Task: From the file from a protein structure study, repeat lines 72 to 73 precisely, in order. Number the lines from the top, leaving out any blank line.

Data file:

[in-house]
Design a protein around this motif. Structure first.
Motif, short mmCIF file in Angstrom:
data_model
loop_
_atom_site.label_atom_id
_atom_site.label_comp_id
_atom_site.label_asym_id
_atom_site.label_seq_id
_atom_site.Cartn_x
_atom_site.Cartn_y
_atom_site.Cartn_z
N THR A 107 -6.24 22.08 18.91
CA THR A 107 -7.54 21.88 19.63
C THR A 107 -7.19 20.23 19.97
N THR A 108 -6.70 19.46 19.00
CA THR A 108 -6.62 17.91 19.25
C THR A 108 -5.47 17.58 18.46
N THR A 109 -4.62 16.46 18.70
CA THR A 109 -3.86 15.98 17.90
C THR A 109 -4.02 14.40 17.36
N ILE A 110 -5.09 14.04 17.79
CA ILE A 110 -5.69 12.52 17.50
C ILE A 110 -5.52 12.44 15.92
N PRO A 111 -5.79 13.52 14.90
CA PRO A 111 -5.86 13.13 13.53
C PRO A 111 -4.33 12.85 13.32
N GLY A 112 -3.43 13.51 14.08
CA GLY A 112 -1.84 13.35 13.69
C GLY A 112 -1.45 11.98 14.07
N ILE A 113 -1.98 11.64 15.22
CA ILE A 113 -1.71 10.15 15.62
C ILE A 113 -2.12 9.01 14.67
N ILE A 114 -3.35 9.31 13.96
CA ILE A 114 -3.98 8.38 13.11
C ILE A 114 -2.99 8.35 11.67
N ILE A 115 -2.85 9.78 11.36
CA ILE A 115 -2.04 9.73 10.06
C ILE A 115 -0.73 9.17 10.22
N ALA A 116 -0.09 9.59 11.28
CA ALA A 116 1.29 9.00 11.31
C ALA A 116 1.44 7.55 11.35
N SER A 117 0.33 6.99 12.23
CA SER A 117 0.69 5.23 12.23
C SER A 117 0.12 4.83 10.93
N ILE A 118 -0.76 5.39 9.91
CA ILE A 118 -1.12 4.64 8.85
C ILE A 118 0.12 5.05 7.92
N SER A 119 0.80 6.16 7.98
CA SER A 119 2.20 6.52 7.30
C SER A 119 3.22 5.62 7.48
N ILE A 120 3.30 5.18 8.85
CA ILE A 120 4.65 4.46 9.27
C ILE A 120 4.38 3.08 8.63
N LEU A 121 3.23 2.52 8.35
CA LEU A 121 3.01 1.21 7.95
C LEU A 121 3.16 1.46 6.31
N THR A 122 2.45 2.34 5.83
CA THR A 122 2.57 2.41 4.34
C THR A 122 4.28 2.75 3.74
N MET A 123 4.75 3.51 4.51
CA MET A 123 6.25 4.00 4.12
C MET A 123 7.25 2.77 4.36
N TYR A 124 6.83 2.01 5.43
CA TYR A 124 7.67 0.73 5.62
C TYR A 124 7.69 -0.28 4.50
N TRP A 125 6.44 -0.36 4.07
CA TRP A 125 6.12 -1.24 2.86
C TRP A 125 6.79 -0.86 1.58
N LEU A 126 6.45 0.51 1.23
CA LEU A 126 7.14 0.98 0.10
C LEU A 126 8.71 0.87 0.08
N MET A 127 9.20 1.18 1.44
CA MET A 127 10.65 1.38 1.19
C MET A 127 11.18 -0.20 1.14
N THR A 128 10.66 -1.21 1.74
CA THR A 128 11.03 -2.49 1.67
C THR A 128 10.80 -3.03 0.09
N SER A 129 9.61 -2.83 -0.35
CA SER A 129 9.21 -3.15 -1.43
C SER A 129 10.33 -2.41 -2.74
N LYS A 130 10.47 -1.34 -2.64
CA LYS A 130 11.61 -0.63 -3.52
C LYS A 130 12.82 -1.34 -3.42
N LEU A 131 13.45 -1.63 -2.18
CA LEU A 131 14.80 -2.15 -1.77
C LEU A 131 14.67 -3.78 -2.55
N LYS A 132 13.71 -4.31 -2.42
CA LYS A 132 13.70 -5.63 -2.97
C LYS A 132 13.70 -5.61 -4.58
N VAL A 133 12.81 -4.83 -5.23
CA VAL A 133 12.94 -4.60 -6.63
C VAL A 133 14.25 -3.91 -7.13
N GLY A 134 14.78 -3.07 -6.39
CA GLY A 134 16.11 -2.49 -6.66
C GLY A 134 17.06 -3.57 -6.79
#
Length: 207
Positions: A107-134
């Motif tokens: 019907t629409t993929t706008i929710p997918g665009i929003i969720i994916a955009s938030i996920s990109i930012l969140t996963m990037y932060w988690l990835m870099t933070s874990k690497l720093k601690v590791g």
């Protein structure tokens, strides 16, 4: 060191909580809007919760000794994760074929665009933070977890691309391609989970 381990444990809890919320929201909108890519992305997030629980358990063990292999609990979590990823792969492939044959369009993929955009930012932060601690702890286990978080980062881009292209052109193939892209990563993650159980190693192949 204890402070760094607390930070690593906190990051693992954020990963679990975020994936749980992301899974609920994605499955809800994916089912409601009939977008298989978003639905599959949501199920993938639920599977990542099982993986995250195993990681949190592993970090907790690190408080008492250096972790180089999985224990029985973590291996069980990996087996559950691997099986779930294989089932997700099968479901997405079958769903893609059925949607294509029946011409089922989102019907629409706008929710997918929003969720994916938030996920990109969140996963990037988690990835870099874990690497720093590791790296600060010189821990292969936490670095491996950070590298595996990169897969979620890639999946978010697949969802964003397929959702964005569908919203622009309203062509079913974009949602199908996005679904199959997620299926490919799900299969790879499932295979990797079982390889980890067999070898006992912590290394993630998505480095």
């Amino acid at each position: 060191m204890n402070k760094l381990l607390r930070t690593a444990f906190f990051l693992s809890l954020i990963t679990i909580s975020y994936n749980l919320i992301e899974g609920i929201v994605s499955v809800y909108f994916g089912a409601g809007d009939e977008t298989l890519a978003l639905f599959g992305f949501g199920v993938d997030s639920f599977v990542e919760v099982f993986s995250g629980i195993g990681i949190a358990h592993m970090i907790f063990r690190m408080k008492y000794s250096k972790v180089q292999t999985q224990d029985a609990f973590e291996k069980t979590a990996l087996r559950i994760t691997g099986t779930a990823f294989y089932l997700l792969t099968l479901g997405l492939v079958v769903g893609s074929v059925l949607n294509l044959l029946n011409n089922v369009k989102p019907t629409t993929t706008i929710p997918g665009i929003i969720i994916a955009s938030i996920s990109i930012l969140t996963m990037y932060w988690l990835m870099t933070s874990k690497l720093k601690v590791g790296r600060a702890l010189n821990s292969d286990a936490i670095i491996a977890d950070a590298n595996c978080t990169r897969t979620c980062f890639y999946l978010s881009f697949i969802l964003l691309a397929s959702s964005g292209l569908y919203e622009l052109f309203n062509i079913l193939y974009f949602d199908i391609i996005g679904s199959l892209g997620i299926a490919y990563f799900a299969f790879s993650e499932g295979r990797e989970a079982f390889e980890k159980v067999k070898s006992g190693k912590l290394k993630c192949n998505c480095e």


C LEU A 126 8.71 0.87 0.08
N MET A 127 9.20 1.18 1.44